MADISON, Wis. (AP) — A conservative law firm asked the Wisconsin Supreme Court on Wednesday to quickly overturn an appeals court ruling that stopped the purging of more than 200,000 people from the state’s voter rolls, a move that Democrats argued was intended to make it more difficult for their voters to cast ballots.
Moments after the filing, a conservative justice on the Supreme Court who previously sat out the case because he’s on the ballot on April 7 said he would “rethink” that decision after the election. The court deadlocked 3-3 without Justice Dan Kelly’s participation when asked to take the case earlier, so he could be a deciding vote.
The Wisconsin Institute for Law and Liberty, which is representing three voters, asked the state Supreme Court to expedite its consideration of the case so it can be resolved before the November presidential election. Wisconsin is a narrowly divided state that is expected to be one of a handful that could determine whether President Donald Trump wins re-election.
The state’s high court must first agree to take the case before deciding how quickly it wants to schedule arguments.
Wisconsin’s presidential primary is April 7, but the appeal does not ask for the court to act in time for that election. A state appeals court last month overturned an Ozaukee County judge’s ruling ordering the purge and dismissed the case, setting up this appeal.
“This is a critical matter for our state,” said Rick Esenberg, president of the group bringing the appeal. “Wisconsin voters deserve to have confidence in the integrity of this year’s elections.”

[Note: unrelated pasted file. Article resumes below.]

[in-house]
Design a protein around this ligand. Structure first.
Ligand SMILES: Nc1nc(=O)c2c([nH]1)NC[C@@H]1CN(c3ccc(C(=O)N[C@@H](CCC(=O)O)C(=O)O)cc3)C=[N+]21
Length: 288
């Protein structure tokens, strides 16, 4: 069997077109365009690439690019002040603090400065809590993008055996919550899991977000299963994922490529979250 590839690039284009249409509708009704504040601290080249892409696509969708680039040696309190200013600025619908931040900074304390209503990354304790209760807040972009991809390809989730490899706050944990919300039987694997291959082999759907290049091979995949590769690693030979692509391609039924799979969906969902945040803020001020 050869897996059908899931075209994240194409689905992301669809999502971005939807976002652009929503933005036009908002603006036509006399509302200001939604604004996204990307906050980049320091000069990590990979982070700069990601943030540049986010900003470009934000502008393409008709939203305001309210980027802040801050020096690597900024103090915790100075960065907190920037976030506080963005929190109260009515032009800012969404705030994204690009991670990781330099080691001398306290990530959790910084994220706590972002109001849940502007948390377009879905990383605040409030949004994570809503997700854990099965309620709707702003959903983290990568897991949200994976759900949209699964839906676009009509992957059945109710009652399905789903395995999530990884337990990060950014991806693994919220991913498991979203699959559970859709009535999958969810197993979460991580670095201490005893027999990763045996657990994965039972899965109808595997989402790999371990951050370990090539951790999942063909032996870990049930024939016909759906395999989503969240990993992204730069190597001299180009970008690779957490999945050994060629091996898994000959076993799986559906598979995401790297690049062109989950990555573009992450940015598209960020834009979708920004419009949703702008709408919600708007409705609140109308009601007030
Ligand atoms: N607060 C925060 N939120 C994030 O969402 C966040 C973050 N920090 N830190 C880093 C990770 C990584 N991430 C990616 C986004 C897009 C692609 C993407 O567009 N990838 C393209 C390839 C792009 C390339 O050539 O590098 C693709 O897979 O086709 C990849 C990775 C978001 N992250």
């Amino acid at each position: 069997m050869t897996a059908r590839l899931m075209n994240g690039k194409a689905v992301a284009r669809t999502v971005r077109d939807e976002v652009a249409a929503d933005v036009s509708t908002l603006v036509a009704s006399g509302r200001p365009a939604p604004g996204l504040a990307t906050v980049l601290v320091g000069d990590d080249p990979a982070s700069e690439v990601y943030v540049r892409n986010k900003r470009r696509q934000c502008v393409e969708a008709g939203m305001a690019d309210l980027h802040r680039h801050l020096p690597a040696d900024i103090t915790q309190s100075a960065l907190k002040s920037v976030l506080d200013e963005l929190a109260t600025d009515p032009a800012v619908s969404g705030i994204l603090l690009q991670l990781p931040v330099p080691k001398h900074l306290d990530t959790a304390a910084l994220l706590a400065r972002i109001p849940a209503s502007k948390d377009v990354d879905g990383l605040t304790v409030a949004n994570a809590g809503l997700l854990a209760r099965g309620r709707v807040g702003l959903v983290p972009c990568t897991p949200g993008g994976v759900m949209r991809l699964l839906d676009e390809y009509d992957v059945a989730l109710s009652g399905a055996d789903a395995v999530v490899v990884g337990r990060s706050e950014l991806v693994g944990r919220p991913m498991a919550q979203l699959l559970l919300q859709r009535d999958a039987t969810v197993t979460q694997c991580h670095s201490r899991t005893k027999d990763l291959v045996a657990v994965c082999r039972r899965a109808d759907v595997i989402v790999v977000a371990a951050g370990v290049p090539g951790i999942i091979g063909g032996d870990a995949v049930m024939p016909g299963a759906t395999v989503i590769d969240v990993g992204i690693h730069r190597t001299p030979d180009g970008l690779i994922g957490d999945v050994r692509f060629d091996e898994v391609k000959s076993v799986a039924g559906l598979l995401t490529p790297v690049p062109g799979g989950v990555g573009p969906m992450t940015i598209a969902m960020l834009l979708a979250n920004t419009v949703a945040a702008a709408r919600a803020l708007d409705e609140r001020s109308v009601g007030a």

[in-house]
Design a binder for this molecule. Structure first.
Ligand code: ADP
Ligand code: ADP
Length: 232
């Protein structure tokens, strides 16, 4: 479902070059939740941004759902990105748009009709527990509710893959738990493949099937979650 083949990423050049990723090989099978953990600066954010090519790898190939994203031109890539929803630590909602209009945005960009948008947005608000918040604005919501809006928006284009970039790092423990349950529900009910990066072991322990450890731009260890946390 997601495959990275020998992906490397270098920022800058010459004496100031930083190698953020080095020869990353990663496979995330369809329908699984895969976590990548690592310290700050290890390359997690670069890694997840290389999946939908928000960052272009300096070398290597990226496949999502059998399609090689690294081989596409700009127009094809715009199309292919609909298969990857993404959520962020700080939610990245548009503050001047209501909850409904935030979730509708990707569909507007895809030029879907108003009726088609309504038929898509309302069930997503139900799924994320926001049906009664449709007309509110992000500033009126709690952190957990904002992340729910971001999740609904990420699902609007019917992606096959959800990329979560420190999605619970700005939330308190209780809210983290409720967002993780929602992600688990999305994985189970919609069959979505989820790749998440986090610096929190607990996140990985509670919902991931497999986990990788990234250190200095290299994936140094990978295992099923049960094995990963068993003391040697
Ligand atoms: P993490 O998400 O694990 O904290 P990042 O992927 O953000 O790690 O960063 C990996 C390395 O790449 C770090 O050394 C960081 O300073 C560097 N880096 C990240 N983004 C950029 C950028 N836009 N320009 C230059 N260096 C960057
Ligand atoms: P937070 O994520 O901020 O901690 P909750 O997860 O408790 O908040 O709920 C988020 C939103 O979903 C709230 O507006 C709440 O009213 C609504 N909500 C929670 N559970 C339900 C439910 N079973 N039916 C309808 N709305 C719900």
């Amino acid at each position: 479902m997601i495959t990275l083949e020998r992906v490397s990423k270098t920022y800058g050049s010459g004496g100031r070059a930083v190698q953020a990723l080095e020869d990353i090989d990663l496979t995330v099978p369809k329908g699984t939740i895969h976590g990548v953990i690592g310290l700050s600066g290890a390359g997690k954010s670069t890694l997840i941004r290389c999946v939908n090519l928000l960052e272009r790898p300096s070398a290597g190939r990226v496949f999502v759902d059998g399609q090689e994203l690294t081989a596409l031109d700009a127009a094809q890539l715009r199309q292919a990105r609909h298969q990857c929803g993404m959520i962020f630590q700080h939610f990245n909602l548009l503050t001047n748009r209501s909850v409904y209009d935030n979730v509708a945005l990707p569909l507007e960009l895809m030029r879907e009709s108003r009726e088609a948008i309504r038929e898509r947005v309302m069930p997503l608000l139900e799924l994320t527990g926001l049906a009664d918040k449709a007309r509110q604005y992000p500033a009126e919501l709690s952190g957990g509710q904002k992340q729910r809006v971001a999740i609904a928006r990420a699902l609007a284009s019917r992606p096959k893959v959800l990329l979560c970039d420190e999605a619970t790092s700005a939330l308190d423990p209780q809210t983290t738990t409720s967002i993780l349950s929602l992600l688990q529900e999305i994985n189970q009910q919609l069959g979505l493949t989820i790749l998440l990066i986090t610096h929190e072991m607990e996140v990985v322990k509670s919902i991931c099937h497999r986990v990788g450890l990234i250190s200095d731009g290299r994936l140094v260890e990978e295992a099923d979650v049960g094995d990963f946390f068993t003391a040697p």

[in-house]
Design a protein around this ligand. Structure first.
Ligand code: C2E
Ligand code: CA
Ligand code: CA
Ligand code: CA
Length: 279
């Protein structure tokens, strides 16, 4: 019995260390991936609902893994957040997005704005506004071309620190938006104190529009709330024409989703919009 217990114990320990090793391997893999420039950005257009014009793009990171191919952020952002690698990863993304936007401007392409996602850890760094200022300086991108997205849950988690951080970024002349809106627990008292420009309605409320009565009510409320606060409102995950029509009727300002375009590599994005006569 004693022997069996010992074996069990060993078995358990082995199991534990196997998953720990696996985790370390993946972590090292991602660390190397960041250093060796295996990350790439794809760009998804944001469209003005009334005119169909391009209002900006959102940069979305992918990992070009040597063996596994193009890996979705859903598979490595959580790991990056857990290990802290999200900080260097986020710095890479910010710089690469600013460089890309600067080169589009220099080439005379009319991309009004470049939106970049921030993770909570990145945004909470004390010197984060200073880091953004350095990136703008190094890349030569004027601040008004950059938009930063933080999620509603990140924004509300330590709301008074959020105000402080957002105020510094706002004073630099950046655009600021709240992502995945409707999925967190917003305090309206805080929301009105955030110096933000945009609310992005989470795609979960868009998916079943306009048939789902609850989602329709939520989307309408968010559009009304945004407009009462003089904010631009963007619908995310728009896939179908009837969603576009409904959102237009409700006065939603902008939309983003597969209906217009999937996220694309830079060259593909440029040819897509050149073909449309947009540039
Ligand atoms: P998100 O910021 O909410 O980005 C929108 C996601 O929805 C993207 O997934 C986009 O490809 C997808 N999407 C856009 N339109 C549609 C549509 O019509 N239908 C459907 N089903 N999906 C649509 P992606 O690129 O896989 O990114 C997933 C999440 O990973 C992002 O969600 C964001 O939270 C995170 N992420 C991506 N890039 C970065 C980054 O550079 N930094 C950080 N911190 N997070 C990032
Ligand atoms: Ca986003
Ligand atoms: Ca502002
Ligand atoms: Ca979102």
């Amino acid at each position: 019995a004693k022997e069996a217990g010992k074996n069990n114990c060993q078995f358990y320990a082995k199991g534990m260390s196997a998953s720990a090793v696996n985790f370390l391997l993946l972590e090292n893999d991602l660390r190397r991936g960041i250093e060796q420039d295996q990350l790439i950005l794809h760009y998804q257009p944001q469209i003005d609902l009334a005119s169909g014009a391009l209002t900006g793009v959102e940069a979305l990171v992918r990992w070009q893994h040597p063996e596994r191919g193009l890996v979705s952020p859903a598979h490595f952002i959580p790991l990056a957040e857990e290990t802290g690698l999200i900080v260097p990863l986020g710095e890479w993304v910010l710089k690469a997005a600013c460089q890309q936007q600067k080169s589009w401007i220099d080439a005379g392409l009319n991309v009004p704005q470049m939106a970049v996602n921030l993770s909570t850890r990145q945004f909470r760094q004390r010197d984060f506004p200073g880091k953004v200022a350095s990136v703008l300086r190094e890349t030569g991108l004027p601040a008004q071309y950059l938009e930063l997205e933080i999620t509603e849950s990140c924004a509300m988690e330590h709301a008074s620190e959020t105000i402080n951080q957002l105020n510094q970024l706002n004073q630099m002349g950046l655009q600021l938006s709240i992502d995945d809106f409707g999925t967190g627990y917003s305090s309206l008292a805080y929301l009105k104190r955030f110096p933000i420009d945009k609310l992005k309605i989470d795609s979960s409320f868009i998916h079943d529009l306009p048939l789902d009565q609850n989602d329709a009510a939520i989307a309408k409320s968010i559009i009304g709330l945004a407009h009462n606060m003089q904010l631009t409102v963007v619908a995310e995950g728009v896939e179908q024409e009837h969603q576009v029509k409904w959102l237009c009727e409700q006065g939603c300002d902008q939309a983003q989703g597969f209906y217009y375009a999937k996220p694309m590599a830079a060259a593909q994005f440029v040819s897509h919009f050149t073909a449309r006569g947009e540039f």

Wisconsin Elections Commission spokesman Reid Magney declined to comment.
The Supreme Court’s tie in January when first asked to take the case before the appeals court heard it occurred after Kelly recused himself because he did not want to create the appearance of a conflict of interest.
Kelly told the Cap Times newspaper in an interview Wednesday that if he loses the April 7 election there would be no reason to sit out the case.
“I wouldn’t see any reason to not honor the oath that I took to sit on all the cases that came before us,” he told the newspaper. It was unclear whether Kelly would participate should he win. Kelly told the newspaper if “the reason for recusal is no longer there,” he’d “just have to reconsider at that point.”
Kelly faces liberal Dane County Circuit Judge Jill Karofsky in the election, with the winner joining the court on Aug. 1.
No voters have been deactivated while the legal fight continues. The appeal argues that if votes are to be deactivated before the Aug. 11 primary, an order would have to be issued by June 19 to ensure no absentee ballots are mailed to voters who are removed from the rolls.
The voter purge lawsuit argued that the state elections commission broke the law when it did not remove voters from the rolls who did not respond within 30 days to a mailing in October indicating they may have moved. The commission wanted to wait until after the November 2020 presidential election before removing anyone because of inaccuracies found while previously attempting to identify voters who may have moved.
The appeals court said in its unanimous decision last month that the law in question does not refer to the Elections Commission or give any duties to it related to deactivating voters. The commission argued that the power to do that rests with local election clerks. The appeals court agreed.
That ruling puts Wisconsin’s voter rolls in “chaos,” the appeal filed Wednesday argued.
Because voters who moved were concentrated in more Democratic areas of the state, liberals argued that the lawsuit was meant to lower turnout on their side. Republicans countered that it was about reducing the likelihood of voter fraud and making sure that people who moved are not able to vote from their previous addresses.
Trump won Wisconsin by fewer than 23,000 votes in 2016. Another close election is expected this year, putting even more focus on the fate of more than 200,000 voters who could be taken off the rolls. Voters whose registration is deactivated can register again later or on Election Day at the polls.